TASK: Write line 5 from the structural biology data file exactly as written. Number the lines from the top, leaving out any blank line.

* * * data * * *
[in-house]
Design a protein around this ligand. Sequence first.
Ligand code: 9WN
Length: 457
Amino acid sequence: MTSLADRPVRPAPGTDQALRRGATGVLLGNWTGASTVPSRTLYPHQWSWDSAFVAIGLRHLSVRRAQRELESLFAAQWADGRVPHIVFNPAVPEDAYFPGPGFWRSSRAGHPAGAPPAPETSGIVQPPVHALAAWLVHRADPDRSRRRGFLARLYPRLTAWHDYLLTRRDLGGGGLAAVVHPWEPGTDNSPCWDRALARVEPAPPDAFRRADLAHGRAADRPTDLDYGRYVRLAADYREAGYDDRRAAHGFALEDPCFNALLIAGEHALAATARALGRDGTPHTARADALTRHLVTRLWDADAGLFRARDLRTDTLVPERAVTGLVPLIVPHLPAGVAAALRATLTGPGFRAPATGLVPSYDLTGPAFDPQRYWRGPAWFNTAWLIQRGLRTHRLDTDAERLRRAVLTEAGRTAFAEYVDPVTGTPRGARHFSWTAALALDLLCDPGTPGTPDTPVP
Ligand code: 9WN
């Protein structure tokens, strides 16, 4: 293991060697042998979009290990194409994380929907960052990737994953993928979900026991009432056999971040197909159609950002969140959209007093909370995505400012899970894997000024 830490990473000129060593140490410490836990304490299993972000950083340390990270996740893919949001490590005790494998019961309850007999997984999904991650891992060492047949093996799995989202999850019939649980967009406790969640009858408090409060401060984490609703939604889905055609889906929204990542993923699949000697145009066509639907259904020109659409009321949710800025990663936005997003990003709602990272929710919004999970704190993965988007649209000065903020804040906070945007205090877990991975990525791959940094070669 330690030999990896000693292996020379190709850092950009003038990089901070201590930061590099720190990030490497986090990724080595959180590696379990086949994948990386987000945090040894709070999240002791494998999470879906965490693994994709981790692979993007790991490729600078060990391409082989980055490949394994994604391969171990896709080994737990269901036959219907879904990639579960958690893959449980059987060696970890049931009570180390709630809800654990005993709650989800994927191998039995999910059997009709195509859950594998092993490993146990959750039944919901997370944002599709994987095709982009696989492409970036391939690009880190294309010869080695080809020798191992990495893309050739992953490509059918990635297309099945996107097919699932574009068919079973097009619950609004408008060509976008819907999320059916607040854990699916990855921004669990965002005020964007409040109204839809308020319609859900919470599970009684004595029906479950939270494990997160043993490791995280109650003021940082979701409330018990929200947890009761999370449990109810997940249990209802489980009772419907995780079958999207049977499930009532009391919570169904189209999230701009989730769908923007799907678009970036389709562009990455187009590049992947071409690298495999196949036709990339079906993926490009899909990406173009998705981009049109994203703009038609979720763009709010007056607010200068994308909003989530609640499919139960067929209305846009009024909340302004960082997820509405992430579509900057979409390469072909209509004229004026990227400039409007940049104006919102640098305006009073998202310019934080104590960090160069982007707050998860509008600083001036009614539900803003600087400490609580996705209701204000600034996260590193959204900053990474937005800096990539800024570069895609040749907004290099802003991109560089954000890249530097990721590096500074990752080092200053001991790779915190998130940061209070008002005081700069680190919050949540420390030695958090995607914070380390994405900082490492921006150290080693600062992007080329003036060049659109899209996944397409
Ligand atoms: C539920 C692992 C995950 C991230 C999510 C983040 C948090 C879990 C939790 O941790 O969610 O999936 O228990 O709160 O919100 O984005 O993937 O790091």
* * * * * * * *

Amino acid sequence: MTSLADRPVRPAPGTDQALRRGATGVLLGNWTGASTVPSRTLYPHQWSWDSAFVAIGLRHLSVRRAQRELESLFAAQWADGRVPHIVFNPAVPEDAYFPGPGFWRSSRAGHPAGAPPAPETSGIVQPPVHALAAWLVHRADPDRSRRRGFLARLYPRLTAWHDYLLTRRDLGGGGLAAVVHPWEPGTDNSPCWDRALARVEPAPPDAFRRADLAHGRAADRPTDLDYGRYVRLAADYREAGYDDRRAAHGFALEDPCFNALLIAGEHALAATARALGRDGTPHTARADALTRHLVTRLWDADAGLFRARDLRTDTLVPERAVTGLVPLIVPHLPAGVAAALRATLTGPGFRAPATGLVPSYDLTGPAFDPQRYWRGPAWFNTAWLIQRGLRTHRLDTDAERLRRAVLTEAGRTAFAEYVDPVTGTPRGARHFSWTAALALDLLCDPGTPGTPDTPVP